EVERETT – Five years later, Northwest waterways are on the mend.
Tons of net, rope and other fishing gear have been pulled from Puget Sound, thousands of oysters have been brought back to miles of shoreline, and dozens of beaches have been cleaned.
Driven by volunteers in Snohomish County and six other seaside counties, the Northwest Straits Marine Conservation Initiative is working, its supporters declared Saturday.
But there’s still a great deal of work to be done, including renewing the legislation that authorized the formation of the regional marine beach and waterways restoration group five years ago.
“It’s always a challenge to get anything through Congress,” said U.S. Sen. Patty Murray, D-Wash., who attended the group’s annual conference at the Everett Events Center over the weekend.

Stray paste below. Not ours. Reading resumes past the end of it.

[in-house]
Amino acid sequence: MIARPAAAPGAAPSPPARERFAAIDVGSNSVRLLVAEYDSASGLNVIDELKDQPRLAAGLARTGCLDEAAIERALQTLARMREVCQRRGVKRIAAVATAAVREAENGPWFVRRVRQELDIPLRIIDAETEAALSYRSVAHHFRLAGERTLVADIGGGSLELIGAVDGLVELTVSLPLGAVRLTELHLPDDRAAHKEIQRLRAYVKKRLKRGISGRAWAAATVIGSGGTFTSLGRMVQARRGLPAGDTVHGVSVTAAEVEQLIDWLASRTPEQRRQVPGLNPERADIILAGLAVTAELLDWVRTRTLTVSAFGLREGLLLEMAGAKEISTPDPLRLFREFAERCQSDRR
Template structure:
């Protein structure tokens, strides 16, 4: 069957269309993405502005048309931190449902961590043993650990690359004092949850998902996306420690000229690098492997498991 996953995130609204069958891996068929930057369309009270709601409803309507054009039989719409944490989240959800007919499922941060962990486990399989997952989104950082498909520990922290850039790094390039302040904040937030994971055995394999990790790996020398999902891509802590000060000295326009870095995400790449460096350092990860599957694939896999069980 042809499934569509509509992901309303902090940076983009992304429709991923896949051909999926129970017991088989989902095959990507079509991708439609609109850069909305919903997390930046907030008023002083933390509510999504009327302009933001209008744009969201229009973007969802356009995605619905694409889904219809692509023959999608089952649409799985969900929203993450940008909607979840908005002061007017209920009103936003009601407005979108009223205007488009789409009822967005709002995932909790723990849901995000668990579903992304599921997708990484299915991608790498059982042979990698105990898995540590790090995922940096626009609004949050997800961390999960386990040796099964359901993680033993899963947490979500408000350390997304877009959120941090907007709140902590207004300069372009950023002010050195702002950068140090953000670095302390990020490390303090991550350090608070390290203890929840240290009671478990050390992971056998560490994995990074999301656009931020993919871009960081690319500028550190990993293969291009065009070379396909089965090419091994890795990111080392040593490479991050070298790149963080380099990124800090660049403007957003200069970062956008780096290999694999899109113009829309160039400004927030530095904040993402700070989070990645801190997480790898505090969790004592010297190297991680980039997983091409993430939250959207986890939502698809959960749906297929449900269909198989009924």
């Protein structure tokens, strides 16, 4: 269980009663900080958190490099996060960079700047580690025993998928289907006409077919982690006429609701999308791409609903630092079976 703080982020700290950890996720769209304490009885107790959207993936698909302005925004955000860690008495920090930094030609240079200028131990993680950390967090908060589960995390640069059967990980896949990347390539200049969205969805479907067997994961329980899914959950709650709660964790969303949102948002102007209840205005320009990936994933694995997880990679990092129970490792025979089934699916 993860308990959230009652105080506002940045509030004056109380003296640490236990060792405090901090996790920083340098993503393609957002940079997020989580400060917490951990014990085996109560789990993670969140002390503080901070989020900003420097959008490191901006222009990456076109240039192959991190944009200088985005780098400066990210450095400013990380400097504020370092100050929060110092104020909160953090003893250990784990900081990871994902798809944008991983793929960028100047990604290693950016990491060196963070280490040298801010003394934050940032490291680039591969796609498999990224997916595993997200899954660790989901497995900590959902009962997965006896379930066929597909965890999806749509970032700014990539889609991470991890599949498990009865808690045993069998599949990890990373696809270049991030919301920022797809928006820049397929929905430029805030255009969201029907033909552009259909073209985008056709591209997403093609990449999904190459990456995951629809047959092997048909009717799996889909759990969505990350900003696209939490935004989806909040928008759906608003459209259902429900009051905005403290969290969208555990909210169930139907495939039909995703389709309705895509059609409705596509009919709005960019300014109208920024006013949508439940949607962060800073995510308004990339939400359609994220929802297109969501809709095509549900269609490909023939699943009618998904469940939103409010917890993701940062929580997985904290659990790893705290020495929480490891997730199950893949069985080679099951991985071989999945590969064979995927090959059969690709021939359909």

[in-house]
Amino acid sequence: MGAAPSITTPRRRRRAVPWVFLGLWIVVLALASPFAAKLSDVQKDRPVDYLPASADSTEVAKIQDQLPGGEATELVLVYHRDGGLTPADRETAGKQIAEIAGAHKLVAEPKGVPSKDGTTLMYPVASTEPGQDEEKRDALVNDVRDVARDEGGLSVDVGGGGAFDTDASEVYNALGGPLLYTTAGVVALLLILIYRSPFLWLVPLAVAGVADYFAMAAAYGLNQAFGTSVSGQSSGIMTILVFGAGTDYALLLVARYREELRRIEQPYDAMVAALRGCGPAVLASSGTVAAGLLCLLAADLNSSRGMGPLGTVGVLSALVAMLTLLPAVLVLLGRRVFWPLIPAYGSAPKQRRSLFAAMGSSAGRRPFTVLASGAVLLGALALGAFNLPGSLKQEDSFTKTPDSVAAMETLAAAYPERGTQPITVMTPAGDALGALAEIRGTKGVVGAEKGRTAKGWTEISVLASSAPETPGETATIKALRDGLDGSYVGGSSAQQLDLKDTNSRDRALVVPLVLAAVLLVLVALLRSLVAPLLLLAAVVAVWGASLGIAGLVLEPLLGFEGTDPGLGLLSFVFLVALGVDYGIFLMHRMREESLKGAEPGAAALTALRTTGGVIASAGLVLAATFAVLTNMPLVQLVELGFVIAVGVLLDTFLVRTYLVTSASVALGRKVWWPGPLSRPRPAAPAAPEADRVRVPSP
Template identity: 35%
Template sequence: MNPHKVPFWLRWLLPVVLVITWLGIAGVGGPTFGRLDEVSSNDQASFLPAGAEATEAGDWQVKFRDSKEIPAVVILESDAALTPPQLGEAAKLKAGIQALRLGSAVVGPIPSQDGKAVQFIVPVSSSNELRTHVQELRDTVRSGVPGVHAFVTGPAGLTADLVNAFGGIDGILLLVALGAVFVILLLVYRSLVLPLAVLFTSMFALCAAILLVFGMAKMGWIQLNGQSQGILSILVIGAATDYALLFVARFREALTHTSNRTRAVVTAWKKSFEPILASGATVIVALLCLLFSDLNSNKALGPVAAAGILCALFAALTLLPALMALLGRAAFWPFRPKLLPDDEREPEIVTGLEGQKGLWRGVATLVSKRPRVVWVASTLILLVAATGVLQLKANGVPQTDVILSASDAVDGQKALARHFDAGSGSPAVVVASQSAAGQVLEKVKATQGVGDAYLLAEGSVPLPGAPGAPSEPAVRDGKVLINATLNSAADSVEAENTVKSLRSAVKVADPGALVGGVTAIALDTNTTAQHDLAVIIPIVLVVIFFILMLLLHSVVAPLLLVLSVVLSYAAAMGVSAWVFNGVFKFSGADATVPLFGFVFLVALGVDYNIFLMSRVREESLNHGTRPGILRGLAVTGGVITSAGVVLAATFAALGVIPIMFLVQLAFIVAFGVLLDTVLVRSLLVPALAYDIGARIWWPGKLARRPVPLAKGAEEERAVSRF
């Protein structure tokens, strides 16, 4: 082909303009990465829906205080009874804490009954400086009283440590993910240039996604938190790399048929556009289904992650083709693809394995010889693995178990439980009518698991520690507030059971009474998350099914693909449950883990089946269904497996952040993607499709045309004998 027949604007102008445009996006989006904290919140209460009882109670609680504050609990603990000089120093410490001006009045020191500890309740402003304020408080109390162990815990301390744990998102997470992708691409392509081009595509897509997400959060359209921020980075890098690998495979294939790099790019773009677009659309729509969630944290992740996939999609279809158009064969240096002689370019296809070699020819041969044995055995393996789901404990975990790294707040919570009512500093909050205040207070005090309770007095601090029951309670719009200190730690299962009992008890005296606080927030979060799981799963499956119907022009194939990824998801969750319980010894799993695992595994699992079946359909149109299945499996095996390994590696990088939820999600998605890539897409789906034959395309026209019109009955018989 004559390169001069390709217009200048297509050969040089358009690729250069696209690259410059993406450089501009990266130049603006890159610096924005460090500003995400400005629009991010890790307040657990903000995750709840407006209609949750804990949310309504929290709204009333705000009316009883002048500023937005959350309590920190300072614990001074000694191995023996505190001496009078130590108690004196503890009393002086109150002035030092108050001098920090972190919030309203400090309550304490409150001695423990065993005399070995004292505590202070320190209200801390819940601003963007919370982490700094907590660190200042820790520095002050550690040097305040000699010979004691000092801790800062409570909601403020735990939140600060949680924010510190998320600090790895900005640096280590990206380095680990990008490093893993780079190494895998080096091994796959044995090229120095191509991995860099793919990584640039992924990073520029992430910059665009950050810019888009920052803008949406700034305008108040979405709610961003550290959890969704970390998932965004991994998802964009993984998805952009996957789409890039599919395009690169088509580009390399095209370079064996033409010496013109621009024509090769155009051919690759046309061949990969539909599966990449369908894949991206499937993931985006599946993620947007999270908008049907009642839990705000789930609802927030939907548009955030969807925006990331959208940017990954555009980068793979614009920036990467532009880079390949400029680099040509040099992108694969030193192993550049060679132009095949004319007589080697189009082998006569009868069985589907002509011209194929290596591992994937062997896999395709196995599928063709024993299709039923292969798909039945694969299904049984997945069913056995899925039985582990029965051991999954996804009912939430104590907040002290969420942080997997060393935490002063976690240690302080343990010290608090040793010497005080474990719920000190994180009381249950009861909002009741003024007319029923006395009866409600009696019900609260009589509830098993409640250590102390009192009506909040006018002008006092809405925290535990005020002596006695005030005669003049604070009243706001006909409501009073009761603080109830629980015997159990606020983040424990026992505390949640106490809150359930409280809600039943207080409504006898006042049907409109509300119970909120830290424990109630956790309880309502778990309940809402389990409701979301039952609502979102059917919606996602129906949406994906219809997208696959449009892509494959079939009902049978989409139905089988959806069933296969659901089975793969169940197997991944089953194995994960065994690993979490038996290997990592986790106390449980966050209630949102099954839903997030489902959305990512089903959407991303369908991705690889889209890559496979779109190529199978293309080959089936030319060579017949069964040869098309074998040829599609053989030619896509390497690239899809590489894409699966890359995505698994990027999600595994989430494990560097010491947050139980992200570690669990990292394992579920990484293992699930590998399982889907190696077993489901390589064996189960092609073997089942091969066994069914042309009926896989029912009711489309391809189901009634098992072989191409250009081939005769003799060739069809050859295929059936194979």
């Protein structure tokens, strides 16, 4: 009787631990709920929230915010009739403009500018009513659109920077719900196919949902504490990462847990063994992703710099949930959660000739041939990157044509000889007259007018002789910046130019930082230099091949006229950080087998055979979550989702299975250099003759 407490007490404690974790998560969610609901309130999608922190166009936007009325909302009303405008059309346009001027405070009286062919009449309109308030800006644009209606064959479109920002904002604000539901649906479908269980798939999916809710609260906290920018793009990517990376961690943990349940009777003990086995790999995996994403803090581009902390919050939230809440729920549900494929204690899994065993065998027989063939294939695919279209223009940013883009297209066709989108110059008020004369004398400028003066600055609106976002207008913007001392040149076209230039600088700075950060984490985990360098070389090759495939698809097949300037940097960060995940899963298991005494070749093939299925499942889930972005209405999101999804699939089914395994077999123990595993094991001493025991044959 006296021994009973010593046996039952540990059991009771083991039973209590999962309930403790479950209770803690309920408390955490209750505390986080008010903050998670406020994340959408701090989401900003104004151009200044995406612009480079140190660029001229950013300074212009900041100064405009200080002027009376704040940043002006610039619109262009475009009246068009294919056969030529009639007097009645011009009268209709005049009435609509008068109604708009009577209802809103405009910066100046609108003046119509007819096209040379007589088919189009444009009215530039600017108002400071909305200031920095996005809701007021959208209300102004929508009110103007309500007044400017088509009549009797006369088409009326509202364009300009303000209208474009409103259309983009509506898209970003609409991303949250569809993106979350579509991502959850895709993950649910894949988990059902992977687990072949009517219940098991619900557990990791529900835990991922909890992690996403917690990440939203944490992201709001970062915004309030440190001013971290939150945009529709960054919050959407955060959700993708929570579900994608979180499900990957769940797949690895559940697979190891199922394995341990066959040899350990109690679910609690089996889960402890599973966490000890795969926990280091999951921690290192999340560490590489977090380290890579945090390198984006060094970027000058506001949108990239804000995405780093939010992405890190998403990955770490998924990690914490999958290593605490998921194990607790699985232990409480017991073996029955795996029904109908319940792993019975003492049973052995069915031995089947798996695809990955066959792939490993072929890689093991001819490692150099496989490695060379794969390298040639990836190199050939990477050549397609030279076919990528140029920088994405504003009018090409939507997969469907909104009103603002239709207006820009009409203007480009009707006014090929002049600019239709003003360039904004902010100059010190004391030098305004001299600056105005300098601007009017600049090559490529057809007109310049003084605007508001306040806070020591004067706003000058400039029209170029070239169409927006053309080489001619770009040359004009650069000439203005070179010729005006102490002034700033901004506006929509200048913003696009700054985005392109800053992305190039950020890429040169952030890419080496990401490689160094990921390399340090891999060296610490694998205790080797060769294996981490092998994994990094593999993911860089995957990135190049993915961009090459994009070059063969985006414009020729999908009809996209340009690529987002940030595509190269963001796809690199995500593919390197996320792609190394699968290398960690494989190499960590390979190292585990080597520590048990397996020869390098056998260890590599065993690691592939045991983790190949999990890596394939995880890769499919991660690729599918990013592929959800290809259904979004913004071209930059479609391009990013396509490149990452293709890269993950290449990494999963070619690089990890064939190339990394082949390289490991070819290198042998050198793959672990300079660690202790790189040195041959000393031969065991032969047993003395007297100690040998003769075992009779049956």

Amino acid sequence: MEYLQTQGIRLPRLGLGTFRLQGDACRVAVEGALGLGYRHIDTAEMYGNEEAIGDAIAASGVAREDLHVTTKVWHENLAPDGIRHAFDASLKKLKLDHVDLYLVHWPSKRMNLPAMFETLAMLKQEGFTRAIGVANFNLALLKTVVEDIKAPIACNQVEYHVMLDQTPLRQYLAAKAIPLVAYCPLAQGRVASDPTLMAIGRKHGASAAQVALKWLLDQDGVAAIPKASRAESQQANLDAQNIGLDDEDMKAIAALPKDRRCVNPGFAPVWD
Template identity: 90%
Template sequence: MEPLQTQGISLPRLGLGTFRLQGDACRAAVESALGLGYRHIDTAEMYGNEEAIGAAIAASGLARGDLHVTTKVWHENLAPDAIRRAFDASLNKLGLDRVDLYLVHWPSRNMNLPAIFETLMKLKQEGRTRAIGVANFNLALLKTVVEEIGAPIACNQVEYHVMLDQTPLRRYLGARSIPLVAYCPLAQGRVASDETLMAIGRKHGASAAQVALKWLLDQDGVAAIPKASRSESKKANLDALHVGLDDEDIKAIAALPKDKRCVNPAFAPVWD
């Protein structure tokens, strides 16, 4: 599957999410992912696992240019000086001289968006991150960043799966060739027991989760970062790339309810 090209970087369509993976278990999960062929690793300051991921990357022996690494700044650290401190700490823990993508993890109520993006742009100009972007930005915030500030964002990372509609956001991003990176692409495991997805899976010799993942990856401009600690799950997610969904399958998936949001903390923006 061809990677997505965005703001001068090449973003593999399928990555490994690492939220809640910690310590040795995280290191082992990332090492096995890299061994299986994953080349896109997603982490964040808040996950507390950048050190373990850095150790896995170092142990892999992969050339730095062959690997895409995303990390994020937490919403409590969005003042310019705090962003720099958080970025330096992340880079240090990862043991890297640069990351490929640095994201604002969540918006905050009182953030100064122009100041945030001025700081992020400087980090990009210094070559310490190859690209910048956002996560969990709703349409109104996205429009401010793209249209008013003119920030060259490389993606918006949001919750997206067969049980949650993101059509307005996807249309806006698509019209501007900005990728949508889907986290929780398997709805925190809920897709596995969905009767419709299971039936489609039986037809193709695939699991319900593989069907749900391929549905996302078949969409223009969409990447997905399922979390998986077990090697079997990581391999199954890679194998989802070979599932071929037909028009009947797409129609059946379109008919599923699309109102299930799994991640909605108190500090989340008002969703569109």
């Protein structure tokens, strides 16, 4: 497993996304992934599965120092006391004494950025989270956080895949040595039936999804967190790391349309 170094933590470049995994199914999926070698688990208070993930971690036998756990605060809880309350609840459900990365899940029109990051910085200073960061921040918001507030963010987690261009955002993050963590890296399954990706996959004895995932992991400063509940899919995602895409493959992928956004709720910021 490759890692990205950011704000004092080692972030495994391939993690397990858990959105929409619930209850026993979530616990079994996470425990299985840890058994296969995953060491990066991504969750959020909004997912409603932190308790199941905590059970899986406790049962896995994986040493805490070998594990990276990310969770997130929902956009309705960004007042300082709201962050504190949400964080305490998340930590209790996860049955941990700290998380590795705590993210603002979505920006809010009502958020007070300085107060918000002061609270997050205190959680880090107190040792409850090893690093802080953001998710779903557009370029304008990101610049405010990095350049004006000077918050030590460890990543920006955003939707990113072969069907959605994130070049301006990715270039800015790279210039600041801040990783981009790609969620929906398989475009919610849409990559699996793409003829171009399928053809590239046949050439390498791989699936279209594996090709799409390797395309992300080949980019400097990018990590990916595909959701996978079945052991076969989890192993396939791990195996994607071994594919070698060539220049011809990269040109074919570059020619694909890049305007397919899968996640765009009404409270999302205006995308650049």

Murray, who wrote the legislation that created the straits initiative, said she is optimistic the legislation will be renewed in 2005.
“I’m here to say thank you and congratulations,” Murray told more than 100 people at the conference. “Congress said we’ll give you five years. Show us what you can do. You knocked our socks off.”
So far, Congress has used the straits initiative to funnel more than $4 million to restoration projects in the Puget Sound area.
In Snohomish County, that includes money for a successful bid to revamp Kayak Point near the Tulalip Reservation, said Tom Cowan, director of the Northwest Straits Initiative.
A committee of local residents has also done work to help Dungeness crab numbers bounce back in waters off of county beaches, and has taught school-age children about the Sound’s waterways at a number of schools.
Cowan said federal dollars have been key, but added that private donations, both from citizens and businesses, have propelled the organization’s successes.
Reporter Lukas Velush: 425-339-3449 or email@example.com.